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Re: Theos-World Future of Publishing

Aug 31, 2009 12:59 PM
by Augoeides-222

I think people will still buy regular books as they have before. In the last 6 months I have purchased 11 booksin hard printed form And also downloaded about as many from Google Books in PDF to my Documents. I also use Google Books to book shop, on their listing many of the books are not free but links are provided to connect to Amazon, Barnes & Noble, Border Books, Alibris and other normal suppliers. For those books that are purchased from Google books there is a 63/37 Publisher-Google split of the proceeds and royalties. My personal view is Google provides a excellent pathway for all book lovers. I even was able to review Theo's wonderful and magnificently researched work on John Worrell Keely which so impressed me I ordered it and am currently thoroughly enjoying, I give it a "10+" and highly recommend others to get a copy for their library it is a treasure trove of finely researched information with special attention also to HPB. Thank you Theo for your exhaustive effort , it is enriching my mind. I wish your book on the Vril was still in print alas no one seems to have a copy.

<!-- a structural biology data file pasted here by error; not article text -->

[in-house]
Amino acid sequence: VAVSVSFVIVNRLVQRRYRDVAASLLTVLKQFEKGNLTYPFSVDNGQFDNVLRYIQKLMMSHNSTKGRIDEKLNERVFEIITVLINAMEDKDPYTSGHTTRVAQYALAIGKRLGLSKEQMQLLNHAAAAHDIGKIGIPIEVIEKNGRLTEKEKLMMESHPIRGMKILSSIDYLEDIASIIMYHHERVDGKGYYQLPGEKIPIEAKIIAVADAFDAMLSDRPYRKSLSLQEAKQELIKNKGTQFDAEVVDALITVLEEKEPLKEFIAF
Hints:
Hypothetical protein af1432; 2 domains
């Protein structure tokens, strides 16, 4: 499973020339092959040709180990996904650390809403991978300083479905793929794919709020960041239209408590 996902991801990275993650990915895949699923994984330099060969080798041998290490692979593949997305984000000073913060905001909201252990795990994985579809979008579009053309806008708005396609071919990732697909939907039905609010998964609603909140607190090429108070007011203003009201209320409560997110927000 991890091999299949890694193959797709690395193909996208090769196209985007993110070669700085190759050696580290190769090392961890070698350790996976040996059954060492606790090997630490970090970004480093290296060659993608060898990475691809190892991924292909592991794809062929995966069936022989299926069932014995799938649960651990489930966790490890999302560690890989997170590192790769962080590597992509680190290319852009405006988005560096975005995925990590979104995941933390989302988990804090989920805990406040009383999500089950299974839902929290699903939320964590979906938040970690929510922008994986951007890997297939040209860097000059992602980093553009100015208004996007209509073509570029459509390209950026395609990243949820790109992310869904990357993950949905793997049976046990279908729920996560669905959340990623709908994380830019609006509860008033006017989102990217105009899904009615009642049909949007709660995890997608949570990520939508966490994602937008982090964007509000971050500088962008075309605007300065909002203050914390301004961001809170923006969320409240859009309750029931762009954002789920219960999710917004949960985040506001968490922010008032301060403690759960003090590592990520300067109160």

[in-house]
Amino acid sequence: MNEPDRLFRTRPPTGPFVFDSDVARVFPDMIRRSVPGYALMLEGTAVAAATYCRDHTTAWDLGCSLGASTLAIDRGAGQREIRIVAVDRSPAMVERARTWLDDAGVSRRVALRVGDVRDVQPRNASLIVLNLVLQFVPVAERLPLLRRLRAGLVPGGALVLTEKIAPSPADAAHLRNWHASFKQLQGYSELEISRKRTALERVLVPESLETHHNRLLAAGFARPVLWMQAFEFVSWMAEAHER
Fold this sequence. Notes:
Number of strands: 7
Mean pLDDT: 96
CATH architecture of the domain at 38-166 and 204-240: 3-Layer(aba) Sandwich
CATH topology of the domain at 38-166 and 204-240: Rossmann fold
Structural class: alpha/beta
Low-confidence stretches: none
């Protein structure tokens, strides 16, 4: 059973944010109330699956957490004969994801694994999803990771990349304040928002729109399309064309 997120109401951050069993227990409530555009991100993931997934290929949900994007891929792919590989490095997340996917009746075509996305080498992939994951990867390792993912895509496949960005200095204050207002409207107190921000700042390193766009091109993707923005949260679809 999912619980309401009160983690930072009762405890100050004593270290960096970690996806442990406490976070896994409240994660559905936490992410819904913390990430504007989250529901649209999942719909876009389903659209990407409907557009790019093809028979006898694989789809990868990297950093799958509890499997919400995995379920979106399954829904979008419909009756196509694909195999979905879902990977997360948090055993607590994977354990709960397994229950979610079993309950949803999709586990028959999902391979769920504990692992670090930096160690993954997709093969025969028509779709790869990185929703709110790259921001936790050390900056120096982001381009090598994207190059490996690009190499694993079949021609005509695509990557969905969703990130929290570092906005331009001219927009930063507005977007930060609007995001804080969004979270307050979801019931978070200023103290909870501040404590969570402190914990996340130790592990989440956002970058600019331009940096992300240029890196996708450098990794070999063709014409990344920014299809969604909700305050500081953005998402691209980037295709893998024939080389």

----- Original Message ----- 
From: "MKR" <> 
To: "theos-talk" <> 
Sent: Monday, August 31, 2009 6:50:10 AM GMT -08:00 US/Canada Pacific 
Subject: Theos-World Future of Publishing 

Here is some news of where the book publishing is going. Every publisher in 
the world will be affected. 

Most of the theosophical classics are already out of copyright and Google 
effort will make them available free for everyone. 



E-books could spell the end for hardbacks, warns Hachette chief 

(Hachette is the worldâs second largest publisher of books by sales) 

Hardback books could be killed off if Amazonâs e-books and Googleâs digital 
library force publishers to slash prices, Arnaud Nourry, chief executive of 
French publishing group Hachette, has warned. 

EbooksMr Nourry said unilateral pricing by Google, Amazon and other e-book 
retailers such as Barnes & Noble could destroy publishersâ profits. 

He said publishers were âvery hostileâ to Amazonâs pricing strategy â over 
which the online retailer failed to consult publishers â to charge $9.99 for 
all its e-books in the US. He also pointed to plans by Google to put 
millions of out-of-copyright books online for public use. 

âOn the one hand, you have millions of books for free where there is no 
longer an author to pay and, on the other hand, there are very recent books, 
bestsellers at $9.99, which means that all the rest will have to be sold at 
between zero and $9.99,â Mr Nourry said. 

Full article at: 

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